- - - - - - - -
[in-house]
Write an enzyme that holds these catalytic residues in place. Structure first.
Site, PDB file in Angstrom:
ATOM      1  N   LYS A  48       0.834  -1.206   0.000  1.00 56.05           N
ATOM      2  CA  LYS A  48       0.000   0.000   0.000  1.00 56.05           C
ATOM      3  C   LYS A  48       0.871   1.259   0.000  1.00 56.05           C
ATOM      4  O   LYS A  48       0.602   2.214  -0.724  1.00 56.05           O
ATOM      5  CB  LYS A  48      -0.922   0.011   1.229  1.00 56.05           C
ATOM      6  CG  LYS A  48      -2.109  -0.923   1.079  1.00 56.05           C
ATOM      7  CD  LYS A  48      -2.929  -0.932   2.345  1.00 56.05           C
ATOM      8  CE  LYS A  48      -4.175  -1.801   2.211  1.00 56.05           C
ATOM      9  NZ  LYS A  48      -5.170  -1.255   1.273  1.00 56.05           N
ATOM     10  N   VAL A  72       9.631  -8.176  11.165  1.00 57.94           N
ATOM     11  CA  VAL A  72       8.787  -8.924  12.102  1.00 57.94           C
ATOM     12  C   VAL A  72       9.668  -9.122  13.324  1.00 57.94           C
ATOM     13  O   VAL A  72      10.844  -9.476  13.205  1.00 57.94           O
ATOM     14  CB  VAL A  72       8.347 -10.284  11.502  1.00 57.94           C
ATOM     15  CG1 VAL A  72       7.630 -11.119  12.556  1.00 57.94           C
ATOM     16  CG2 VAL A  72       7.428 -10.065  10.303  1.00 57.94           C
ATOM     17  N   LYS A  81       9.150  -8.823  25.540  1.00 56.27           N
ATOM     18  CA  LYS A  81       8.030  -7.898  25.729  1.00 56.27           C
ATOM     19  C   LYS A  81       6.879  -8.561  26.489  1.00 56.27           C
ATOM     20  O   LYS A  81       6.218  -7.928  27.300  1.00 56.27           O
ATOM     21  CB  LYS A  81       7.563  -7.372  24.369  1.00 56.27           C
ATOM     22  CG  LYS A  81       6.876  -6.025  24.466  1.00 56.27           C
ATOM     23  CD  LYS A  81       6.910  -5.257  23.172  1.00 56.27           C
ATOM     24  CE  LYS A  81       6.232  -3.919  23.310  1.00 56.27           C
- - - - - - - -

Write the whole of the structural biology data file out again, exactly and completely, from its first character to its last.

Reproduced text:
[in-house]
Write an enzyme that holds these catalytic residues in place. Structure first.
Site, PDB file in Angstrom:
ATOM      1  N   LYS A  48       0.834  -1.206   0.000  1.00 56.05           N
ATOM      2  CA  LYS A  48       0.000   0.000   0.000  1.00 56.05           C
ATOM      3  C   LYS A  48       0.871   1.259   0.000  1.00 56.05           C
ATOM      4  O   LYS A  48       0.602   2.214  -0.724  1.00 56.05           O
ATOM      5  CB  LYS A  48      -0.922   0.011   1.229  1.00 56.05           C
ATOM      6  CG  LYS A  48      -2.109  -0.923   1.079  1.00 56.05           C
ATOM      7  CD  LYS A  48      -2.929  -0.932   2.345  1.00 56.05           C
ATOM      8  CE  LYS A  48      -4.175  -1.801   2.211  1.00 56.05           C
ATOM      9  NZ  LYS A  48      -5.170  -1.255   1.273  1.00 56.05           N
ATOM     10  N   VAL A  72       9.631  -8.176  11.165  1.00 57.94           N
ATOM     11  CA  VAL A  72       8.787  -8.924  12.102  1.00 57.94           C
ATOM     12  C   VAL A  72       9.668  -9.122  13.324  1.00 57.94           C
ATOM     13  O   VAL A  72      10.844  -9.476  13.205  1.00 57.94           O
ATOM     14  CB  VAL A  72       8.347 -10.284  11.502  1.00 57.94           C
ATOM     15  CG1 VAL A  72       7.630 -11.119  12.556  1.00 57.94           C
ATOM     16  CG2 VAL A  72       7.428 -10.065  10.303  1.00 57.94           C
ATOM     17  N   LYS A  81       9.150  -8.823  25.540  1.00 56.27           N
ATOM     18  CA  LYS A  81       8.030  -7.898  25.729  1.00 56.27           C
ATOM     19  C   LYS A  81       6.879  -8.561  26.489  1.00 56.27           C
ATOM     20  O   LYS A  81       6.218  -7.928  27.300  1.00 56.27           O
ATOM     21  CB  LYS A  81       7.563  -7.372  24.369  1.00 56.27           C
ATOM     22  CG  LYS A  81       6.876  -6.025  24.466  1.00 56.27           C
ATOM     23  CD  LYS A  81       6.910  -5.257  23.172  1.00 56.27           C
ATOM     24  CE  LYS A  81       6.232  -3.919  23.310  1.00 56.27           C